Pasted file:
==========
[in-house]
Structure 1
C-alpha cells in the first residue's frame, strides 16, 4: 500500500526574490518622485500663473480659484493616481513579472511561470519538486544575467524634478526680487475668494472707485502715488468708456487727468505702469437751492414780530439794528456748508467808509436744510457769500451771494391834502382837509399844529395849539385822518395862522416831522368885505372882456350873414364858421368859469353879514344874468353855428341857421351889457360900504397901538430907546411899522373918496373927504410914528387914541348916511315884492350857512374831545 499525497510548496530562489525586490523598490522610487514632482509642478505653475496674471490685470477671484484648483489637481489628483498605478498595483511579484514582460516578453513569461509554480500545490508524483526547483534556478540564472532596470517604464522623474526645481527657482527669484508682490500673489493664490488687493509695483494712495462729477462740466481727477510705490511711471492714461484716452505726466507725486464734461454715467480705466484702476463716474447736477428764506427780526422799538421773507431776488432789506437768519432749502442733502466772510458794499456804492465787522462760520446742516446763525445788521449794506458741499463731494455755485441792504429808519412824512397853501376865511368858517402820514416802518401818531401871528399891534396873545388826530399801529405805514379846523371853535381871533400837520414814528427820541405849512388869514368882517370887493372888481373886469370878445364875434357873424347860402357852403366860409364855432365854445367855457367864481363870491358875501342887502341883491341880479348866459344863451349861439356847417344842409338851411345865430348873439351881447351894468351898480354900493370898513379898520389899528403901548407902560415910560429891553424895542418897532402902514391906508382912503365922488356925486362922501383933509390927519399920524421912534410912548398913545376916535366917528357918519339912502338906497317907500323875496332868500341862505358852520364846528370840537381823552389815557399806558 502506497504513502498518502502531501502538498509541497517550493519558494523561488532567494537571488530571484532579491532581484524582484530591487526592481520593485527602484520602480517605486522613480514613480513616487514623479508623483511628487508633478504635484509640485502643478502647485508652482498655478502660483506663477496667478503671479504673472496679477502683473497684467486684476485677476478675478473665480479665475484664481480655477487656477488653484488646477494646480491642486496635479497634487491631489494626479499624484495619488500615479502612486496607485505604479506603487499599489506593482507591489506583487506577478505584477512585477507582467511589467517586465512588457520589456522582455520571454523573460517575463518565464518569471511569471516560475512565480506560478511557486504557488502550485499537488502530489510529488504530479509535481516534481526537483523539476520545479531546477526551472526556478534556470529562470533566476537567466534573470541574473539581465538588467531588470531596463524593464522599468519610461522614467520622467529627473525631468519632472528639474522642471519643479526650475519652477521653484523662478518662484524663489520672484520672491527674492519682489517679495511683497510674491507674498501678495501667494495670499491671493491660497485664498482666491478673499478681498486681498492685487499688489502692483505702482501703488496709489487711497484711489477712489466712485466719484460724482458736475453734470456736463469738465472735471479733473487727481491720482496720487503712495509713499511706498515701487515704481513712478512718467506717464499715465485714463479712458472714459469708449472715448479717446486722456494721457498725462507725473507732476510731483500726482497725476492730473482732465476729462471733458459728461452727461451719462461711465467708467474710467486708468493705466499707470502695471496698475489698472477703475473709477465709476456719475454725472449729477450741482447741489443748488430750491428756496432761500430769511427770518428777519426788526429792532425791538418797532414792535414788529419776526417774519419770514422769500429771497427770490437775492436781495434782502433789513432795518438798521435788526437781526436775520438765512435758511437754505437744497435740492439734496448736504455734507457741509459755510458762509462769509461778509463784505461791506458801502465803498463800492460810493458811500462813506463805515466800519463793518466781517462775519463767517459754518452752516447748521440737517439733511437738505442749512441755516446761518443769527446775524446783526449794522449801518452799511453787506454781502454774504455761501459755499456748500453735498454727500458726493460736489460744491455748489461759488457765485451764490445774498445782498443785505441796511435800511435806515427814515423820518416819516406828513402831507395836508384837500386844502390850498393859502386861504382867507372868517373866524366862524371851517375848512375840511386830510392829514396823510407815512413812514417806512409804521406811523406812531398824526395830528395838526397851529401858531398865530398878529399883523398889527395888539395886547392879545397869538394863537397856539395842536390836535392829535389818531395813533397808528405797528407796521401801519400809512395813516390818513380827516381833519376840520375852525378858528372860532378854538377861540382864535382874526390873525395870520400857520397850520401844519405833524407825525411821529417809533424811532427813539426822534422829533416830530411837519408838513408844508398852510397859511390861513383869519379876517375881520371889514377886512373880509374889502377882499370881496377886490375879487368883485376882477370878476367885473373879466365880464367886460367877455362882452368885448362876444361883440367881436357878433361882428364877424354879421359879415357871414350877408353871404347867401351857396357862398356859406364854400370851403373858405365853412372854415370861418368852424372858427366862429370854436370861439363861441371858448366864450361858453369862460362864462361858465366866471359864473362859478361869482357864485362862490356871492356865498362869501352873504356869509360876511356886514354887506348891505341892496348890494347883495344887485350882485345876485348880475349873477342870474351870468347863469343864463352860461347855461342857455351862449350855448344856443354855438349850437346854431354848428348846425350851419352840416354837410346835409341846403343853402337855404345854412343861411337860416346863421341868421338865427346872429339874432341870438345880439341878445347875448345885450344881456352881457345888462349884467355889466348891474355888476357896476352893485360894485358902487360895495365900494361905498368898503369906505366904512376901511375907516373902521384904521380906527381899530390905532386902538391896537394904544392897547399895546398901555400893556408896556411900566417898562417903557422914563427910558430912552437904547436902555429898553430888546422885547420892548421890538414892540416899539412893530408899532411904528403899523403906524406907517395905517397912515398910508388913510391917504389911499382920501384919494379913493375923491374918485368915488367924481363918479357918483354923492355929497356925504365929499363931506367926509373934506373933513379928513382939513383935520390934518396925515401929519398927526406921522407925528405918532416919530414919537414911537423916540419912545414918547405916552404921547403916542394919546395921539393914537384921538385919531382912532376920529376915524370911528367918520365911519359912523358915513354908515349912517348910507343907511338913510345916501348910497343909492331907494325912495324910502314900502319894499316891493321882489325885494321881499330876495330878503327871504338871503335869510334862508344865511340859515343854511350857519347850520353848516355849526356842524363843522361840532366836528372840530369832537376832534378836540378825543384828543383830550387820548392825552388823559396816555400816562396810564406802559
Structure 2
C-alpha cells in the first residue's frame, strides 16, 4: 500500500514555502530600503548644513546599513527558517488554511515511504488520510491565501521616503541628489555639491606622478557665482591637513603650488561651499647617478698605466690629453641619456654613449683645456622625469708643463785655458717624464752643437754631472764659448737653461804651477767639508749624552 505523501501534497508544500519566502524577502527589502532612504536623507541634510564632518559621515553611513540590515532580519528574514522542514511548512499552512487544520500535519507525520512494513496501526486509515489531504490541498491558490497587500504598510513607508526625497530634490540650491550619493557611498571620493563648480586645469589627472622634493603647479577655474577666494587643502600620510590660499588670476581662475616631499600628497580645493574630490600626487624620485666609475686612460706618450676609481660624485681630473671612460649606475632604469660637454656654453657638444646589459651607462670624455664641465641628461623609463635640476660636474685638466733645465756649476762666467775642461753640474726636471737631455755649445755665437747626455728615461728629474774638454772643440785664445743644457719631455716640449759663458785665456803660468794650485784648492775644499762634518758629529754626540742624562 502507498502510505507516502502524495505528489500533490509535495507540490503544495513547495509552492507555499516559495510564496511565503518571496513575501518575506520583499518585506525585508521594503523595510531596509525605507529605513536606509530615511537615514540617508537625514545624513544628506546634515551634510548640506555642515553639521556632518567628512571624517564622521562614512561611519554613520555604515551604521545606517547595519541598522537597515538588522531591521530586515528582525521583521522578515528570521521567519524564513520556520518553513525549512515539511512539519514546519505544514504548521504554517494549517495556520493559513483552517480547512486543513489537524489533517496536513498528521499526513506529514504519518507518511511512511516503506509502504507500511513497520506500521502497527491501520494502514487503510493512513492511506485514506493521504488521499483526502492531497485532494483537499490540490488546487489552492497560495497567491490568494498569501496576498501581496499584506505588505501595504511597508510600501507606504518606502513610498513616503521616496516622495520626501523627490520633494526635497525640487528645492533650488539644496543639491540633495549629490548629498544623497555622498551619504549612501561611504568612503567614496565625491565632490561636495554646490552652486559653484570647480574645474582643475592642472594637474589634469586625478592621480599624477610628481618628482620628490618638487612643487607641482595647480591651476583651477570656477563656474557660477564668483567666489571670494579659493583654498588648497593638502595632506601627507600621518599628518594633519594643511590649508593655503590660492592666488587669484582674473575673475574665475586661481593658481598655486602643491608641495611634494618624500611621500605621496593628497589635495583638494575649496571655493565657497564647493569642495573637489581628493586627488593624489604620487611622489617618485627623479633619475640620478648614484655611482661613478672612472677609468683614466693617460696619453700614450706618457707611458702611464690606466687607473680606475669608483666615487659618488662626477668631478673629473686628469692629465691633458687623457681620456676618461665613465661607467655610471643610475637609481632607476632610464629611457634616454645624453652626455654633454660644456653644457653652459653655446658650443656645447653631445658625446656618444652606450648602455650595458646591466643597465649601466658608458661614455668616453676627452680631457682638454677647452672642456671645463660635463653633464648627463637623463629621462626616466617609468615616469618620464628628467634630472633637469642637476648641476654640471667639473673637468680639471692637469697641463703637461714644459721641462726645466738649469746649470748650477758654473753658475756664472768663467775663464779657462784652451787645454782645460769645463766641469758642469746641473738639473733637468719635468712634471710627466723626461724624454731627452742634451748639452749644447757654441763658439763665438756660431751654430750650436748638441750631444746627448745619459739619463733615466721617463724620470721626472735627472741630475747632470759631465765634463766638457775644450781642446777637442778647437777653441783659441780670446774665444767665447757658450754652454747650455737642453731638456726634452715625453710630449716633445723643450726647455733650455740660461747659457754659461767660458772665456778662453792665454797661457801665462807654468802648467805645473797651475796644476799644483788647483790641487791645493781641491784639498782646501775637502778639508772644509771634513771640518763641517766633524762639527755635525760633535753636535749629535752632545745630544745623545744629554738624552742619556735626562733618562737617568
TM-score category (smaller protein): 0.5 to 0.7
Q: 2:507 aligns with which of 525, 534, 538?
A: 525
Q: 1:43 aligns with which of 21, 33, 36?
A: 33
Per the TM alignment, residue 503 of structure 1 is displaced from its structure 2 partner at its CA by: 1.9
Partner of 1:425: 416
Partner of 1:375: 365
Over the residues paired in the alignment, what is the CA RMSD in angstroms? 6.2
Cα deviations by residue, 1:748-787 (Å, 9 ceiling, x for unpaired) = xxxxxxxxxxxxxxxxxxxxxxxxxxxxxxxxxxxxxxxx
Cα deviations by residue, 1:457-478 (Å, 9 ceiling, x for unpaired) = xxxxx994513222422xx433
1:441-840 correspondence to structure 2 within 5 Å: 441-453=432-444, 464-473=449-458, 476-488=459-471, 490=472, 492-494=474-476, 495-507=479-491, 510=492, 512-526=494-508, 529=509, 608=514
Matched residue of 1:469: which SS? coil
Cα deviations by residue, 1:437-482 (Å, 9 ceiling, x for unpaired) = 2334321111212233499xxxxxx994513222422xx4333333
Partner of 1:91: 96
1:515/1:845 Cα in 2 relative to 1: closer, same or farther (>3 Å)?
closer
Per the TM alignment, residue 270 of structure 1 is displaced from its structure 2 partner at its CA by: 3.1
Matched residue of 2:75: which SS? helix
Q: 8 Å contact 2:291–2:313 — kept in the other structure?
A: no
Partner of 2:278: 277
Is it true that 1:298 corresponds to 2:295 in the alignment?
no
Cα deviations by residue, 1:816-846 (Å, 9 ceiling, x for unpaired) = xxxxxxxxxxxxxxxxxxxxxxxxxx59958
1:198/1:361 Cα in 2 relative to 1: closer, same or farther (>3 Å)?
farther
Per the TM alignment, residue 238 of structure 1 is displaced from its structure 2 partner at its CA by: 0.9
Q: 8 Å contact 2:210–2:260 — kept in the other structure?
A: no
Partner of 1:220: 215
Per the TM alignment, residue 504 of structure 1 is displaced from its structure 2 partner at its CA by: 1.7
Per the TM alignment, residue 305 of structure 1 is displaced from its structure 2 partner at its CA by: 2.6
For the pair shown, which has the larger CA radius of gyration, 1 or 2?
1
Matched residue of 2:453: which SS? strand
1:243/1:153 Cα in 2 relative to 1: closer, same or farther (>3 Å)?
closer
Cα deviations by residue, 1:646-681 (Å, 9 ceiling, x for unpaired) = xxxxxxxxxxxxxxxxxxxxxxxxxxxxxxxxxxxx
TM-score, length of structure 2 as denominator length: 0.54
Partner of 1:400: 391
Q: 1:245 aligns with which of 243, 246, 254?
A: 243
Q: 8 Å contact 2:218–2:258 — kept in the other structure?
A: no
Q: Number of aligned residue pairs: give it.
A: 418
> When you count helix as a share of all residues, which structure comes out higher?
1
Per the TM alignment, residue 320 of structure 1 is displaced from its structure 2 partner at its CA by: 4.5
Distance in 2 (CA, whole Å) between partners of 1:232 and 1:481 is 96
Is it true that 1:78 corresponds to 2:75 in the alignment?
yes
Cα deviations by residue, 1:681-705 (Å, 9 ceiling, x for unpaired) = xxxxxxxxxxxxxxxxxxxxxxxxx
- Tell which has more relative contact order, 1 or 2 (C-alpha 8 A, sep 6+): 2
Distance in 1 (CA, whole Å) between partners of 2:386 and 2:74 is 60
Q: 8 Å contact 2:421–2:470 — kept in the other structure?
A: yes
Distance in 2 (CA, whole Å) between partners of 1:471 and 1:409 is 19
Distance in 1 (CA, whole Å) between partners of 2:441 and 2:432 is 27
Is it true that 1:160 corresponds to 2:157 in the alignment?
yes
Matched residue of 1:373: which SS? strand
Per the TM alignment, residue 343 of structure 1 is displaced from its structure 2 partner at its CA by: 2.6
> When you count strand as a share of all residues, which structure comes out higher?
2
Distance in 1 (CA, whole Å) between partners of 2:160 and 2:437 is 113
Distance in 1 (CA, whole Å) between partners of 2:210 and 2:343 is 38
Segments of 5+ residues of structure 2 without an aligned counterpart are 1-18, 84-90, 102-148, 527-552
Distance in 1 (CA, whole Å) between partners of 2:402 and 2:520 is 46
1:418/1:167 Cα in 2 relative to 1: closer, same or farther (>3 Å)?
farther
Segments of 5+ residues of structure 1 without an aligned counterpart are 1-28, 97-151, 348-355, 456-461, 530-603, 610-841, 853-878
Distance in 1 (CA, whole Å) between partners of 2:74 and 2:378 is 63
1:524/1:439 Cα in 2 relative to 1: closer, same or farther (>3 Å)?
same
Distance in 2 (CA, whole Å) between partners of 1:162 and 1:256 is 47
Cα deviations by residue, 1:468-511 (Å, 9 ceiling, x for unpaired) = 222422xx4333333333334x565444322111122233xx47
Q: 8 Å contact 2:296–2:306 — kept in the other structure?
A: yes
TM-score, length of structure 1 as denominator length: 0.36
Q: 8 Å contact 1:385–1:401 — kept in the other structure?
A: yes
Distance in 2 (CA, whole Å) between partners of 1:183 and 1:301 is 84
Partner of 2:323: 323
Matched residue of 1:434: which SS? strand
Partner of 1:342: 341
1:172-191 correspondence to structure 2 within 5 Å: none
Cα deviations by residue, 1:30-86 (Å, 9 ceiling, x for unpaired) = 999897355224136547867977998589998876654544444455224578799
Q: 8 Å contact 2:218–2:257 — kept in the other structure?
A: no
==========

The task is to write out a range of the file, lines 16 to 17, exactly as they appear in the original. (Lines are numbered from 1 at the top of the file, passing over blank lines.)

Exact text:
Cα deviations by residue, 1:457-478 (Å, 9 ceiling, x for unpaired) = xxxxx994513222422xx433
1:441-840 correspondence to structure 2 within 5 Å: 441-453=432-444, 464-473=449-458, 476-488=459-471, 490=472, 492-494=474-476, 495-507=479-491, 510=492, 512-526=494-508, 529=509, 608=514